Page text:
Chris Poh, the editor of AMERICAN PUBLIC HOUSE REVIEW and I, the Creative Director of the said on-line journal, produce a weekly, free form radio show called THE BLEECKER STREET CAFE on WDVR FM – 89.7 in central New Jersey. We are on the air Fridays from noon until three E.T. You can catch us on the web at www.wdvrfm.org. Every year on the Friday before Christmas we perform an impromptu, unrehearsed, hugely improvised, and otherwise completely unprepared radio-play of Charles Dickens,’ A CHRISTMAS CAROL.
Because we at AMERICAN PUBLIC HOUSE REVIEW are blessed with a staff that share, for better or worse, a distinctive worldview and similar opinions as to what constitutes thespianic talent, we, of course, engage the profound, theatrical faculties of Kathleen Connally, our photoblogger extraodinaire and David McBride, our intrepid Marketing Director in our yearly ruination of this Dickens’ classic.
In our “improvisation,” which has been an annual event now each year for about eight, The Bleecker Street Players seem to unknowingly rehash identical attempts at comedy year after year, and we forgetfully over-play the same dramatic elements of the good ol’ story every time too. It’s loads of fun though. We likewise repeat much ado about the selfsame curiosities that crop up in the story which are unique to those Dickensonian times in 19th Century London. Among those curiosities is a libation that Scrooge, after his epiphany, proposes as a shared consecration of the new found friendship between himself and his long-suffering employee, Bob Cratchit. The drink is called a “SMOKING BISHOP” and it never fails to prompt questions as to the recipe and lore of this enigmatic elixir.
It seems that in certain regions of England at that time, spirited beverages, especially wines, acquired figurative, popular-culture, nicknames from the world of the ecclesiastical. “Pope” meant burgundy, “Cardinal” was champagne, “Archbishop” represented claret, and “Bishop” was the apellation for port. So “SMOKING BISHOP” indicated a hot and steaming, port-based beverage to be enjoyed in the candle light as a brace against the chill of the London winter and perhaps as an analgesic to soothe the sinus headache effected by the all-pervasive and tormenting coal smoke.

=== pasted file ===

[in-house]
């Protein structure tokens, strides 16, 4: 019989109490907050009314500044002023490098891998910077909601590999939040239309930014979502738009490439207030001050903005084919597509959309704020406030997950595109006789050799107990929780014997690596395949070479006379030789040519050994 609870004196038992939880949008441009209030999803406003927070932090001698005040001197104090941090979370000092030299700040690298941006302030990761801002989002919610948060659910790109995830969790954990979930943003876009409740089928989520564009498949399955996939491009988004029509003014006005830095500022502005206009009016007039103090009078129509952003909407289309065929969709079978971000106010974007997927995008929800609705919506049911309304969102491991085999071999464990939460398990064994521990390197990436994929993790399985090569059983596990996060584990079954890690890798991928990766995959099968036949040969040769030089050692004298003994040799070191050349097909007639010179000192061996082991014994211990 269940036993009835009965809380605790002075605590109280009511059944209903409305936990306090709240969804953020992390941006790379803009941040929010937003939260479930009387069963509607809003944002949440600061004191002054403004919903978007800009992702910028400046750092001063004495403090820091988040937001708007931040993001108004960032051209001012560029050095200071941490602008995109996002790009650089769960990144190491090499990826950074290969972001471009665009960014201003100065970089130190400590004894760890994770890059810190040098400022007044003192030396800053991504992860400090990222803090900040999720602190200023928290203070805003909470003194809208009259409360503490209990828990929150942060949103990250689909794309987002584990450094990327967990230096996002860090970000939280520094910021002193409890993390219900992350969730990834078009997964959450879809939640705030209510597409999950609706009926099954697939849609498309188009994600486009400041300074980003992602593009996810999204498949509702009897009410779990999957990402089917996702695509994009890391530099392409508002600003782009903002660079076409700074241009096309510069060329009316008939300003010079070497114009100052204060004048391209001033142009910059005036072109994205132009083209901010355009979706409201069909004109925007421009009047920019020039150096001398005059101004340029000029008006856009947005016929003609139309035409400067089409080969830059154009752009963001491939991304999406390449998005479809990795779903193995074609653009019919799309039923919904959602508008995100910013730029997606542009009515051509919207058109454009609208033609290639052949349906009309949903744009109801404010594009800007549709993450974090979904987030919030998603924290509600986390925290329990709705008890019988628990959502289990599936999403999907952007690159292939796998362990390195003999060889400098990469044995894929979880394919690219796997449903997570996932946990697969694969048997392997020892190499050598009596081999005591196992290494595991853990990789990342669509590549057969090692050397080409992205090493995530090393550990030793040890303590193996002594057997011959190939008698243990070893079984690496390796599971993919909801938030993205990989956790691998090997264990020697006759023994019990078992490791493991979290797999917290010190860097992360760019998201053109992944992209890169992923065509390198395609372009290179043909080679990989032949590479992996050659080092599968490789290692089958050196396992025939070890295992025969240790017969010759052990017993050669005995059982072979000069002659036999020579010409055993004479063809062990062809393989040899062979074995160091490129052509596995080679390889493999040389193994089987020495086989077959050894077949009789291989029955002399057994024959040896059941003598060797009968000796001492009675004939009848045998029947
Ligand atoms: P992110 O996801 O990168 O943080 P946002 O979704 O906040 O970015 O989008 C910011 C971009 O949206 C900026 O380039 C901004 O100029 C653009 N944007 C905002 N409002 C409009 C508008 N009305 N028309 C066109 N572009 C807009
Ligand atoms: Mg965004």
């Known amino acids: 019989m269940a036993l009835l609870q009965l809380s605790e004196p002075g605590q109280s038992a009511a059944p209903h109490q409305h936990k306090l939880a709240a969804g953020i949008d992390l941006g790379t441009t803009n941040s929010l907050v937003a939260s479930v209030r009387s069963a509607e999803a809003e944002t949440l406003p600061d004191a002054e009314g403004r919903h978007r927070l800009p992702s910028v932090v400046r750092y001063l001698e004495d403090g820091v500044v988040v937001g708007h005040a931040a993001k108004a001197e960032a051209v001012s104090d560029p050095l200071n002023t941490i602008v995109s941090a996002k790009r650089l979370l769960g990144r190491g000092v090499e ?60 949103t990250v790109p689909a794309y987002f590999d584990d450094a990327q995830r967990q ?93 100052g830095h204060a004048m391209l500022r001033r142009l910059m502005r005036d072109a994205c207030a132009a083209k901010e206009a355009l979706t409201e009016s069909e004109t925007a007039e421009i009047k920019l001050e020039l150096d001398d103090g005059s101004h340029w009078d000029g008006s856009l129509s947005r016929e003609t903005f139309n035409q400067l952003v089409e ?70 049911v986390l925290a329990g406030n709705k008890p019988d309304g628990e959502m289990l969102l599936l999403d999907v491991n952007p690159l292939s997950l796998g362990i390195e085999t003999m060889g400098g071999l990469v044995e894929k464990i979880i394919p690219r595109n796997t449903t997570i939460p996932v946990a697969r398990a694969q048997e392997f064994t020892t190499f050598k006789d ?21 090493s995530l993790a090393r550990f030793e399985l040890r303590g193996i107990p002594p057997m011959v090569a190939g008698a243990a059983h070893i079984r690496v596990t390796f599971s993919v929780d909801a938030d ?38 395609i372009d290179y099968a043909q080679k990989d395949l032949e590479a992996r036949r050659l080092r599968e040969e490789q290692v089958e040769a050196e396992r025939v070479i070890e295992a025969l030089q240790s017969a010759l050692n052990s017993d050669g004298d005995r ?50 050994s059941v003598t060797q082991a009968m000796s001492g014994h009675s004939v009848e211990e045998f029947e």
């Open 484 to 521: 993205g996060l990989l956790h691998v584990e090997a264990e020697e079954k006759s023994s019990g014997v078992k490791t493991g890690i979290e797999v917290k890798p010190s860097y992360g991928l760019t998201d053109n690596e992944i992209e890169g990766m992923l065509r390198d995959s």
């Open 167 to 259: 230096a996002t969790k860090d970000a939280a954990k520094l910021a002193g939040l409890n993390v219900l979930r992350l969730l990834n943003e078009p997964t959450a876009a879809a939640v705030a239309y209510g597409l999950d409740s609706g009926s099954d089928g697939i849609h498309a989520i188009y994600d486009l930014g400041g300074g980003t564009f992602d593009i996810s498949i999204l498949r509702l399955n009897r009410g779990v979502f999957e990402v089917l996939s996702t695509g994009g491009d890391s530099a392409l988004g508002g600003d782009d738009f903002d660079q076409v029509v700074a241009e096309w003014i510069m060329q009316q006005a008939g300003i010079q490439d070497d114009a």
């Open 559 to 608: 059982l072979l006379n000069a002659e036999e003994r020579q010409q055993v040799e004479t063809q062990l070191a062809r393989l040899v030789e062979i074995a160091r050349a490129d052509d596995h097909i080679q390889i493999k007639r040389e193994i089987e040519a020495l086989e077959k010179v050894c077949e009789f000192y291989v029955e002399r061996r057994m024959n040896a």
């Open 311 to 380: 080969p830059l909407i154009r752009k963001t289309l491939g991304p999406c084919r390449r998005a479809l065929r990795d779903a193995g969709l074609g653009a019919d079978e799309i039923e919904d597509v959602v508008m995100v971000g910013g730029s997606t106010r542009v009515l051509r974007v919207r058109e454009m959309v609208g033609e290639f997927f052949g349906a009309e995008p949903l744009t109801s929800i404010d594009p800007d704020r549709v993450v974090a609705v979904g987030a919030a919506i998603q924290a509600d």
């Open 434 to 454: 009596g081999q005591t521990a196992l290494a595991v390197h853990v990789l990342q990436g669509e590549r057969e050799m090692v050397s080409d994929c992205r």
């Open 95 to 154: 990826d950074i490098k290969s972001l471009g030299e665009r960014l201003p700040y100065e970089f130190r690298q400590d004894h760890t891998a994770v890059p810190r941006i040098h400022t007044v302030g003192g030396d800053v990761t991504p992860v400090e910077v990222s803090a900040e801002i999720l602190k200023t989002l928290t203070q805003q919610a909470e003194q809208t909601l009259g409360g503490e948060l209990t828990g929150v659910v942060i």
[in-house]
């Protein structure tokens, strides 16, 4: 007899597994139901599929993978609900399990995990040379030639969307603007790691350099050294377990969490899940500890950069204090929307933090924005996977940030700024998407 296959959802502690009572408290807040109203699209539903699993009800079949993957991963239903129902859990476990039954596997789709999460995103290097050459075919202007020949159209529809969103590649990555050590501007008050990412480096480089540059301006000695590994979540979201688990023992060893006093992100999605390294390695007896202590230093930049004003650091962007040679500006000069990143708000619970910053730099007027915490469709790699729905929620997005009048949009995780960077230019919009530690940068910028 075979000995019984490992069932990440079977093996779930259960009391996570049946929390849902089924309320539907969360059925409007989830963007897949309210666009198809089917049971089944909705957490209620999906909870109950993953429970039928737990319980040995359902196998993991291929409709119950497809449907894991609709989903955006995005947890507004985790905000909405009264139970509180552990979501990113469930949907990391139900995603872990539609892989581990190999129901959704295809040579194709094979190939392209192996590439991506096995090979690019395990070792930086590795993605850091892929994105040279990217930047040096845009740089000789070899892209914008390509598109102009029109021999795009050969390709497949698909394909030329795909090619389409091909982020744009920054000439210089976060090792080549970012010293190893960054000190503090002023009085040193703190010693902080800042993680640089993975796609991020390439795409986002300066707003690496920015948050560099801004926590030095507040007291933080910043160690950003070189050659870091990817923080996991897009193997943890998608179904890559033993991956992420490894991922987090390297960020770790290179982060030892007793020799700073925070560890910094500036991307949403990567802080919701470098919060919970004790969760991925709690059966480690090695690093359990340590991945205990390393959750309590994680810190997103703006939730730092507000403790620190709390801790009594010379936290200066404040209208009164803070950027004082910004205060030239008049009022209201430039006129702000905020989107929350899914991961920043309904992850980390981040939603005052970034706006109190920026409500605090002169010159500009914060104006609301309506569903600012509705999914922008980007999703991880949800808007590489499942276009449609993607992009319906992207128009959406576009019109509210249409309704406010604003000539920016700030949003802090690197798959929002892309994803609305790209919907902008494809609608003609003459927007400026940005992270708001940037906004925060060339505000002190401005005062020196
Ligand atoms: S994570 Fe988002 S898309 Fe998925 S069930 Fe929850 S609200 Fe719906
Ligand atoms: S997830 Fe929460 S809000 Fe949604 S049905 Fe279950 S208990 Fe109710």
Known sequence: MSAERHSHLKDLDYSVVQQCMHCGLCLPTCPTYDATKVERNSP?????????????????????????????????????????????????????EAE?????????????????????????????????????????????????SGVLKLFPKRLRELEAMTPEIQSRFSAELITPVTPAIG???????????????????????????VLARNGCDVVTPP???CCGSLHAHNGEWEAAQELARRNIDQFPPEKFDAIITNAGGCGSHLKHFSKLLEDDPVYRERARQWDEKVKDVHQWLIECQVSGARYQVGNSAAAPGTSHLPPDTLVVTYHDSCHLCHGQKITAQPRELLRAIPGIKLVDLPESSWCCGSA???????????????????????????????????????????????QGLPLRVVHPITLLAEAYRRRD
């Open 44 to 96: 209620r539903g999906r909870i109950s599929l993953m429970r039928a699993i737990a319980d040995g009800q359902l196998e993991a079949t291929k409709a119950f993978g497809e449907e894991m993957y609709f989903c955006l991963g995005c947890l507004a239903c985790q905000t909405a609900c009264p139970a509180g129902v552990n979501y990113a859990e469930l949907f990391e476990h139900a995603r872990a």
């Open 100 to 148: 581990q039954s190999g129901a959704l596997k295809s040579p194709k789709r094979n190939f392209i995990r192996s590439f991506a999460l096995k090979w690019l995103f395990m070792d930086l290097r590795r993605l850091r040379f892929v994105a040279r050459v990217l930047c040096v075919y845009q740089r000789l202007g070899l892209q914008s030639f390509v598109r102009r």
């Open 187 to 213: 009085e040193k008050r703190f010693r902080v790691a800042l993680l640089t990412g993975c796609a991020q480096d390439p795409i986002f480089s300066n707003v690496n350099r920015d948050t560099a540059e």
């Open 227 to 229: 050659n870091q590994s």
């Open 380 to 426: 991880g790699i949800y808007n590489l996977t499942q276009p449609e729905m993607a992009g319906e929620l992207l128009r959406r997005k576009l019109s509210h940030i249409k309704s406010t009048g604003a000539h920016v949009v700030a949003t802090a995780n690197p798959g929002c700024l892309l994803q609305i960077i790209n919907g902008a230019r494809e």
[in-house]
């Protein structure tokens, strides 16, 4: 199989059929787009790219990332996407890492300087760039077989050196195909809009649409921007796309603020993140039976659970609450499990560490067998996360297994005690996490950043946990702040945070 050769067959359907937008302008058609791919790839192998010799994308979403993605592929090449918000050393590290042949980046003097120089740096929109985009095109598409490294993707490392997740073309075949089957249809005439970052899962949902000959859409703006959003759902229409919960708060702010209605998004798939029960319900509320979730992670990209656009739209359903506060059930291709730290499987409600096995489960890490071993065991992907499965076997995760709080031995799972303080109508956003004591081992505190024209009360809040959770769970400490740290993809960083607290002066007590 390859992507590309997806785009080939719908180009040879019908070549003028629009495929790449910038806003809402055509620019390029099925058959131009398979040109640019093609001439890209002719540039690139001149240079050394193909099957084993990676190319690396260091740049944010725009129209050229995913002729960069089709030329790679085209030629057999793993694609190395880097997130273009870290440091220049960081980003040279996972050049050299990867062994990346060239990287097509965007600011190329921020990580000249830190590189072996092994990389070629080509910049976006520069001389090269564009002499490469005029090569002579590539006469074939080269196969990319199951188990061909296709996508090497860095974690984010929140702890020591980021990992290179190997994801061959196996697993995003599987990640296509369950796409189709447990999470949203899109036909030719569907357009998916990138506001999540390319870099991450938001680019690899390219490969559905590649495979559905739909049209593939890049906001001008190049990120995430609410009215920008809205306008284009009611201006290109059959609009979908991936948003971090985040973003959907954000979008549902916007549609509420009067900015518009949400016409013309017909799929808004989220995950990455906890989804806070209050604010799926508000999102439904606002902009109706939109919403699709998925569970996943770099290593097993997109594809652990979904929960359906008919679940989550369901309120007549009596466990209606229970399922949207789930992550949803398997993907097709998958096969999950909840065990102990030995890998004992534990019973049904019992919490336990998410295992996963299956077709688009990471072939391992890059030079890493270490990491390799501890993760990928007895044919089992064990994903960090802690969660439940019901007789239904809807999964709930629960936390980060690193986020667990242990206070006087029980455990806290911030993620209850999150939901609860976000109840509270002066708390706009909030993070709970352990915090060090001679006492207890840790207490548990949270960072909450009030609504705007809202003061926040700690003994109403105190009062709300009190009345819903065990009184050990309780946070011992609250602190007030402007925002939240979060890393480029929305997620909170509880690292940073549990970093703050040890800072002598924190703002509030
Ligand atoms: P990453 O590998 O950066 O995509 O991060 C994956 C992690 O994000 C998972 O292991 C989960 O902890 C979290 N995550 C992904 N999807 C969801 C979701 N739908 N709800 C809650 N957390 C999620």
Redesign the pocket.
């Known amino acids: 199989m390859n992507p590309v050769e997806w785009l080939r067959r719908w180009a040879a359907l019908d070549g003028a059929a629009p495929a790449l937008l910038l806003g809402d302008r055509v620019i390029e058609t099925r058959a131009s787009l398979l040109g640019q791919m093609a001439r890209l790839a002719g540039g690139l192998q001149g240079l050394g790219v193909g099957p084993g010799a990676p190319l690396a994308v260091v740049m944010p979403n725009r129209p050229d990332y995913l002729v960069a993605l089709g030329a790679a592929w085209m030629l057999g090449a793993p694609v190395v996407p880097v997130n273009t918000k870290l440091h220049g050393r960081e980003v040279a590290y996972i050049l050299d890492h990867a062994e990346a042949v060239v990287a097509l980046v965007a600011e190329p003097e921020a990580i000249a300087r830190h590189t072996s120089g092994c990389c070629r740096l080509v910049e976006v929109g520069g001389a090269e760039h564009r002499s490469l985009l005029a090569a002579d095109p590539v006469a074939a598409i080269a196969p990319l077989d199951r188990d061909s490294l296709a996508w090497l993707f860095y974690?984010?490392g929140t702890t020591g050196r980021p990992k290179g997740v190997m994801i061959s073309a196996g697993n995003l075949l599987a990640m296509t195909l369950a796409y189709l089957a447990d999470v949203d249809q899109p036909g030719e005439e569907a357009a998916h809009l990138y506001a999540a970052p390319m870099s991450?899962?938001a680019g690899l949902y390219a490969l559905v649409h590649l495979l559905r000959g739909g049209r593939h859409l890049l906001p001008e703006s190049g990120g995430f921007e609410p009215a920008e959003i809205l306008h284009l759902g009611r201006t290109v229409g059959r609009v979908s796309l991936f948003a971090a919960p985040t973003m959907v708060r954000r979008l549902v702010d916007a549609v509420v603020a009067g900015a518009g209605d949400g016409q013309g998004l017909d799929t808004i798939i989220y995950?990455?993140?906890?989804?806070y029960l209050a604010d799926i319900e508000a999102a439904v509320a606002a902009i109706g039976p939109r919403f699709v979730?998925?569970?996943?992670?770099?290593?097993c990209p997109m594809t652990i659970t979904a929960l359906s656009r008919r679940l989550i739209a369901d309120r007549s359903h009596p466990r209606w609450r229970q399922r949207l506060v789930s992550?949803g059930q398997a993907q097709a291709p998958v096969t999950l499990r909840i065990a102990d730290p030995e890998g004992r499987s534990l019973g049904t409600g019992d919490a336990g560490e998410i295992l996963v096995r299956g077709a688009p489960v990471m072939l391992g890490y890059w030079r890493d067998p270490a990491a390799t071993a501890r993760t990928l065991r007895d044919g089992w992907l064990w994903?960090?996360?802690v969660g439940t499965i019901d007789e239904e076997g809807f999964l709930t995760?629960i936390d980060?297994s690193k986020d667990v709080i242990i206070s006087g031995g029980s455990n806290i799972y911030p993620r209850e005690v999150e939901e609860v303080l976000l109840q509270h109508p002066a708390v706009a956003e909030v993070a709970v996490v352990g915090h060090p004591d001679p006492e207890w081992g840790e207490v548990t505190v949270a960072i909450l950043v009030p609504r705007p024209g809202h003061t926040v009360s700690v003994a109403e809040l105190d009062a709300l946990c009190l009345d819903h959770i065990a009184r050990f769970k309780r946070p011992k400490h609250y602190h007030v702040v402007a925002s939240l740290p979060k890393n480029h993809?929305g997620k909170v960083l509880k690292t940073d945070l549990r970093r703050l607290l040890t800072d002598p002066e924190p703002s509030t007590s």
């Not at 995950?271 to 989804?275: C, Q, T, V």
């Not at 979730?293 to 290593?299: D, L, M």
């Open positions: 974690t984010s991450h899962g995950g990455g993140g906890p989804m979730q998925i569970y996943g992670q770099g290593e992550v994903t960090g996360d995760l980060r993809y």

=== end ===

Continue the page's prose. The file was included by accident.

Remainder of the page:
Because we at AMERICAN PUBLIC HOUSE REVIEW consider it our mission to serve the pub community with the history, the traditions, the legends, the news, and any practical knowledge as to the world of spirited beverages and their purveyors, we offer this recipe for an authentic, Dickens’ style “Smoking Bishop.”
Procure six bitter oranges such as Sevilles and bake them in a medium oven until they begin to turn golden brown. If you can’t find bitter oranges, use four, regular, juicey oranges (not navel oranges) with one grapefruit, or perhaps two lemons.
Prick each orange with five whole cloves. Put them in a bowl (not a metal pot) with a bottle of decent, but hardly world-class red wine and 1/2 cup of sugar. Cover with a towel or board (no metal lid, nor foil). Leave it out on the counter for a whole day and night. Don’t refrigerate.
The next day, remove the oranges and squeeze the juice back into the wine. Pour everything into a pot (now you can use metal) with a whole bottle of port. Heat, but be careful not to boil or evaporate all of the Christmas spirit. It should be steaming however when it is enjoyed in warmed glass mugs preferably with handles.
Ed Petersen, Creative Director of AMERICAN PUBLIC HOUSE REVIEW